Baconfest!

Sorry, you missed baconfest. But I went for you, so your cholesterol count is safe.

baconfest piggyZeppelin Hall, a Jersey City biergarten with tons of space for outdoor dining, added a one-night baconated menu to their usual spiel of currywurst, spaetzle, pretzels, and blau speck burgers:

Candied Applewood Smoked Bacon with Pecans.
Bacon skewers with caramelized onion & bourbon dipping sauce.
Steakhouse bacon, a grilled slab of pork belly.
Bacon-wrapped shrimp. Bacon-wrapped hot dogs.
Bacon Mac & Cheese. Bacon Meatloaf. BLTs.
The Elvis Presley Bacon sandwich, peanut butter, bananas and bacon!
The Bacon-Bacon Cheeseburger!
Bacon French Fries! (Okay, they had Bacon Salt on them)
and… Chocolate Covered Bacon!

baconfest burgers

Now pair this with a beer hall serving 144 taps (albeit maybe two dozen or so beers on those taps) and you have a night to remember. It was my friend Mike Dross’s pre-birthday, and the only thing he loves more than bacon is bacon. So we baconed him up.

With a beer mug the size of an artillery shell in hand, we sailed the seas of bacon and enjoyed killing our hearts and livers at the same time. My favorites? The chocolate covered bacon and the BLT, which was appropriately overladen with delicious, crisp bacon.

bacon being saucy!
bacon being saucy!

The chocolate bacon was twirled around a skewer and then coated, with a cherry on top. They did a good job. Zeppelin Hall is no gastropub- they serve down-home German specialties like wienerschnitzel and authentic currywurst well, if a tad pricey, but they also serve the biggest beer in the region. They aren’t my #1 choice, but in Jersey City, they are a great choice for beer lovers, who want space to breathe and enjoy good food. They also have plenty of parking, something rare in the JC area. And they made a damn decent burger, a memorable one with a good sear and beefy flavor, solid bun, properly cooked to order.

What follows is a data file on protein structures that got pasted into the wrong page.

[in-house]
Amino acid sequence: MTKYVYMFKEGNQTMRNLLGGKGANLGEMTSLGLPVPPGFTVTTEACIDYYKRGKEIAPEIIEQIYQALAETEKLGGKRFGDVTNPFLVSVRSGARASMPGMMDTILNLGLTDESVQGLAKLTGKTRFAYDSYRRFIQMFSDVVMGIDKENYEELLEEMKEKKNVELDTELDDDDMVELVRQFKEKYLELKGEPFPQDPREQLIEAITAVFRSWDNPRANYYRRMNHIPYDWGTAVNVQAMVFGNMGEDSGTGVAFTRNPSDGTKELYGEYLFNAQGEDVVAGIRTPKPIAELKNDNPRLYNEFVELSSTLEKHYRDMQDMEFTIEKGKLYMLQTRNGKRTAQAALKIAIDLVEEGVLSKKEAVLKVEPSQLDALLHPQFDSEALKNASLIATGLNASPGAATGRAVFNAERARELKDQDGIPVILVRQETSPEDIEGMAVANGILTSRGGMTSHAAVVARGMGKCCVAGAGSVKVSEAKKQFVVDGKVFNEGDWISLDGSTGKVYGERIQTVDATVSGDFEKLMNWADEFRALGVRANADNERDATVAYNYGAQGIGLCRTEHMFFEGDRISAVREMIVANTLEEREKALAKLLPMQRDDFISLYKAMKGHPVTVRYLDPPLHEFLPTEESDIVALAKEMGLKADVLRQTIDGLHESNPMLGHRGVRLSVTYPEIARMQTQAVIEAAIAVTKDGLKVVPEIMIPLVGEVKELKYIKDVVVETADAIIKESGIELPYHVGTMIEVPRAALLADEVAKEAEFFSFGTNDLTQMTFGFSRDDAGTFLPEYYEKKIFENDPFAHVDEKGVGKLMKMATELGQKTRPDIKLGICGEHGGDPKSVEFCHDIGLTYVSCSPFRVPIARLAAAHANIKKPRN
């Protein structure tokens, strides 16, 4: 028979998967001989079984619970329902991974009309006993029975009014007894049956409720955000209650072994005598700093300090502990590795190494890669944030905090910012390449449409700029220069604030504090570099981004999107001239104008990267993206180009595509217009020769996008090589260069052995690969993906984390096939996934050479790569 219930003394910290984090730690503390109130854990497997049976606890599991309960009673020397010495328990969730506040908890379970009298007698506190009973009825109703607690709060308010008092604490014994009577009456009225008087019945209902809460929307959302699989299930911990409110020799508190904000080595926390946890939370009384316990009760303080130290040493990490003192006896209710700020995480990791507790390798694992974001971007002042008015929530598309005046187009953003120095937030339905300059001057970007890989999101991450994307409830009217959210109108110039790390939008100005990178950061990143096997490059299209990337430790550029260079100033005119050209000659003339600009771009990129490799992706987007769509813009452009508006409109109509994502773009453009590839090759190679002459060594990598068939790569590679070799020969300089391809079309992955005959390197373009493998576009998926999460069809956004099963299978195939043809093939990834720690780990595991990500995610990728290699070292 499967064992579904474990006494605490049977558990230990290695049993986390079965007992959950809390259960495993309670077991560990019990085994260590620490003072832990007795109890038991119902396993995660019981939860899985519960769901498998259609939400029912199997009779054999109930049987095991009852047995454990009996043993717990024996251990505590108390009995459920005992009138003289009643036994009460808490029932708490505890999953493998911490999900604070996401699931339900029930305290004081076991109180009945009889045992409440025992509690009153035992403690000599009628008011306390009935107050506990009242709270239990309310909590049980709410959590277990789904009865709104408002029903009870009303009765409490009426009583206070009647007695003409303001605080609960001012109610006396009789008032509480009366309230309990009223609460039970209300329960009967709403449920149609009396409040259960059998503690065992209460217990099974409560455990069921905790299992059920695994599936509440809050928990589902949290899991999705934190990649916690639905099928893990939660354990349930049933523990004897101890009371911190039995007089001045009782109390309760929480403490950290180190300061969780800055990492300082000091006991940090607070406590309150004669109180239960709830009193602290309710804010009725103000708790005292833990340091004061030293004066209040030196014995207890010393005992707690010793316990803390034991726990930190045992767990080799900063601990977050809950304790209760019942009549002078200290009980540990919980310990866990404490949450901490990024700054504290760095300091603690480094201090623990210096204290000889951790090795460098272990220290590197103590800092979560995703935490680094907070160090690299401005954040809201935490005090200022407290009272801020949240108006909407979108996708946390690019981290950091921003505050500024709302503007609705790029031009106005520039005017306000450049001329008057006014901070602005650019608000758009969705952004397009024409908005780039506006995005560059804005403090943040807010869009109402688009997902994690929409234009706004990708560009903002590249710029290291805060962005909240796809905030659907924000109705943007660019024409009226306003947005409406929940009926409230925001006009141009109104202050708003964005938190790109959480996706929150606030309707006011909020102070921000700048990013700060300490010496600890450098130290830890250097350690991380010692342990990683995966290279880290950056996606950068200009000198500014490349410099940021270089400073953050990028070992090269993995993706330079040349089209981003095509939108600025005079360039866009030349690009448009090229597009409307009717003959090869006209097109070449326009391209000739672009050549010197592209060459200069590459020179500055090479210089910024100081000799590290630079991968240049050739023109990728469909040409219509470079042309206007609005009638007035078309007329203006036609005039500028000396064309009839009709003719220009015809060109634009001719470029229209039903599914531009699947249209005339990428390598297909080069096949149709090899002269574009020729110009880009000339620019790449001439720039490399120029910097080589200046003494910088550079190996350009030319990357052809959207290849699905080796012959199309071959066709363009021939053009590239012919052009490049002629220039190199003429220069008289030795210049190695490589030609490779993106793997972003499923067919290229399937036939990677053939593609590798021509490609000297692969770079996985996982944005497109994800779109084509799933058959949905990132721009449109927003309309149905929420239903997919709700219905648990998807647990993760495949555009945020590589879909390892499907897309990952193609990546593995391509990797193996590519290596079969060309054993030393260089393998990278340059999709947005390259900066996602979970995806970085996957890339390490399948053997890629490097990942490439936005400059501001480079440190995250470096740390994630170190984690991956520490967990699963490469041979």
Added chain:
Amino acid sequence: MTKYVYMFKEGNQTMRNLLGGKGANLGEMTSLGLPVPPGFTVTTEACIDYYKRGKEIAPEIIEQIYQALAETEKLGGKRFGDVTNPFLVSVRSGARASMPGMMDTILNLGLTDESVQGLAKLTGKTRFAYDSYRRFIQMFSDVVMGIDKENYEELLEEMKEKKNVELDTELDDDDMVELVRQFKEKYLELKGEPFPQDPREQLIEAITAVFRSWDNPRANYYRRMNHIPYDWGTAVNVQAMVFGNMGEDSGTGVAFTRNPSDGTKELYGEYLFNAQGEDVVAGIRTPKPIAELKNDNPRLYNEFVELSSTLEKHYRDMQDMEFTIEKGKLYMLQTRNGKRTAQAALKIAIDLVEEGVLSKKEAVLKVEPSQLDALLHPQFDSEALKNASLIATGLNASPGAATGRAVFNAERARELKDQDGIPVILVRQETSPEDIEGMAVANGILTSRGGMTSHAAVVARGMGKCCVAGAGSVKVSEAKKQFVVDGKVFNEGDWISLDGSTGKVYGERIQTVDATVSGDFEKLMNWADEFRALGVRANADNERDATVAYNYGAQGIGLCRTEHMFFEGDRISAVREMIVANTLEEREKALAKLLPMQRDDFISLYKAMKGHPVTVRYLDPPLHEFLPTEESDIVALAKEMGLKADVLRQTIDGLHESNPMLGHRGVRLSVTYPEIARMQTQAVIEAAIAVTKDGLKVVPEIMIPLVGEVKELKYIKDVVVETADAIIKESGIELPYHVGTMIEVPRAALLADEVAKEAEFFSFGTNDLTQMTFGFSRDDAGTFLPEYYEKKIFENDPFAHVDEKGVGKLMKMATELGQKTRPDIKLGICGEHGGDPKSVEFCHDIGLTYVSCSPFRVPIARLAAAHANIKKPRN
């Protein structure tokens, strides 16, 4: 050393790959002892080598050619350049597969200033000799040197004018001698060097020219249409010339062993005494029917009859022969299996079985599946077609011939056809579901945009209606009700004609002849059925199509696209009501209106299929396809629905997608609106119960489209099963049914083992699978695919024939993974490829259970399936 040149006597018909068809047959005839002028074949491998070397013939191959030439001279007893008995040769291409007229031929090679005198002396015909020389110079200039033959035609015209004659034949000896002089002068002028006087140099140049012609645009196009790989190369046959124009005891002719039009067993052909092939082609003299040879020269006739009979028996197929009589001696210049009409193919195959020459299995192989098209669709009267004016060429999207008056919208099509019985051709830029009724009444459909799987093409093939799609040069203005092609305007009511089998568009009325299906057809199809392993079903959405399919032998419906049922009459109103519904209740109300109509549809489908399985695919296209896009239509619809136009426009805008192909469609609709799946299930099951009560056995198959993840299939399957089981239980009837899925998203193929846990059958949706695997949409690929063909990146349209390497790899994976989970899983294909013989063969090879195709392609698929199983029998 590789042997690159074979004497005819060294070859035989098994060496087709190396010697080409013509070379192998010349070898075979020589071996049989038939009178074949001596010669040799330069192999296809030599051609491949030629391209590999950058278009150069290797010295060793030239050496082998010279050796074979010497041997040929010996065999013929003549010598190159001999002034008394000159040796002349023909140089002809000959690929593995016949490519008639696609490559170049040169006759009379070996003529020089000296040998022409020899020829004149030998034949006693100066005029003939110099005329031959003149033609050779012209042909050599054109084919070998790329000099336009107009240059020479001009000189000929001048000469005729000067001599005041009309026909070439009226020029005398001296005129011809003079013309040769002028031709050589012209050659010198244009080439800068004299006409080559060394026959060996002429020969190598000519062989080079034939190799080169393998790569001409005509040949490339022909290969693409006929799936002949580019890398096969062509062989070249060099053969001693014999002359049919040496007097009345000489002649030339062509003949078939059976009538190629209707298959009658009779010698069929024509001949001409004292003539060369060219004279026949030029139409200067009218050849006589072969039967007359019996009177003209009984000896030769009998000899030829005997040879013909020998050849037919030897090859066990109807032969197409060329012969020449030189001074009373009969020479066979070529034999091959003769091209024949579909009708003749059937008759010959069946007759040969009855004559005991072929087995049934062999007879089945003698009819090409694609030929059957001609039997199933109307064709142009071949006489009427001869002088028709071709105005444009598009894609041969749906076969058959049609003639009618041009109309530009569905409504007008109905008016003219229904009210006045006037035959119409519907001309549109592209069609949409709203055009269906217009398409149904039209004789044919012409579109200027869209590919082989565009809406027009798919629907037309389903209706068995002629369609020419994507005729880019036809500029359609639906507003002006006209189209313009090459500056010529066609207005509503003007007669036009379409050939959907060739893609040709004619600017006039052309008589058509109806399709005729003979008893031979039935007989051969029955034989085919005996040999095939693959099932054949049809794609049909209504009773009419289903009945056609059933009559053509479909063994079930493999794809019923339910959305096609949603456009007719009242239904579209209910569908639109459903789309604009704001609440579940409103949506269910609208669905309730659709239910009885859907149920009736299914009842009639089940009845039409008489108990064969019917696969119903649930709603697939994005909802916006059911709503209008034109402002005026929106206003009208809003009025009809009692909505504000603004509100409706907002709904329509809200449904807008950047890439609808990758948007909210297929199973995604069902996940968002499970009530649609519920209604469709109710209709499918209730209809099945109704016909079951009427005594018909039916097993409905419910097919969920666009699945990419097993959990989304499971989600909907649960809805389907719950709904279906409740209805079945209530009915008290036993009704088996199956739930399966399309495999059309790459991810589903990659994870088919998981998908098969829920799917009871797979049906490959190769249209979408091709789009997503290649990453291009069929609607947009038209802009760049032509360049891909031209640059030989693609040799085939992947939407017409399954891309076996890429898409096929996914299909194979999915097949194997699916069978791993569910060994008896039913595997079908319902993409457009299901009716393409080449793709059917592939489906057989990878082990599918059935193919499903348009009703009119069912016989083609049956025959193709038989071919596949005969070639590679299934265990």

The Bacon-Bacon burger was good, if not quite the amazing Baconeator Burger served at Morris Tap & Grill. I could’ve eaten the bacon skewers all evening, but the Elvis was a sad sandwich, thin, with only a few strips of bacon that seemed like the thin, microwave variety, and barely a spread of peanut butter. I ordered it late, so maybe they’d run out of the great bacon I had on the skewers.

So is there such a thing as too much bacon? Maybe there is. But there’s never too much beer. They serve Oktoberfest brews all year round from Hofbrau and Hacker-Pschorr, and I really enjoyed the Commodore Perry IPA from Great Lakes brewing as well. Great Lakes is becoming one of my favorite breweries.

Krug’s Tavern – still the best

Open since 1938, once owned by Raging Bull boxer Jake “The Bronx Bull” LaMotta and still owned by his family, Krug’s Tavern in Newark’s Ironbound neighborhood is housed in an unassuming and dilapidated building that could be mistaken for a run of the gin mill bar full of cranky old men drinking piss-yellow beer out of tiny glasses. Inside, it has that kind of feel. A few high top tables, a long mahogany bar with patched red vinyl stools. A poster of LaMotta behind the bar, amidst the bottles of Tullamore Dew.

But if you venture in the flimsy storm door and linger, you’ll find an energetic blue collar crowd stuffing the place at lunch hour, from electrical workers and hard hats in uniform, the boys from the docks in their tracksuits, and cop brass stretching their conservatively cut sport coats. The kind of place where crook and law alike will belly up to the bar. Behind which sits a glass case brimming with meatballs the size of grapefruit, which will soon become a legendary burger for those with king size appetites. Order one and they’ll flatten out that softball of fat speckled chuck on the griddle and sizzle it low and slow so it remains juicy even if you order it well done.

When I was a kid, there was a diner car named Nunzio’s, run by an eponymous, mustachioed fellow who could’ve jumped in a pair of overalls and white gloves to play Super Mario. He served a juicy burger on a Kaiser roll that remains the paragon of burgers to me. He wouldn’t serve me one on Friday during Lent, either. I had to get peppers and eggs on a roll. Krug’s burger hits that nostalgic memory in the bullseye. They serve theirs on a large sesame seed bun that is just barely up to the task. It stays together, but you eat your burger wondering if you’ll have to finish with a knife and fork, especially if you’re generous with the ketchup.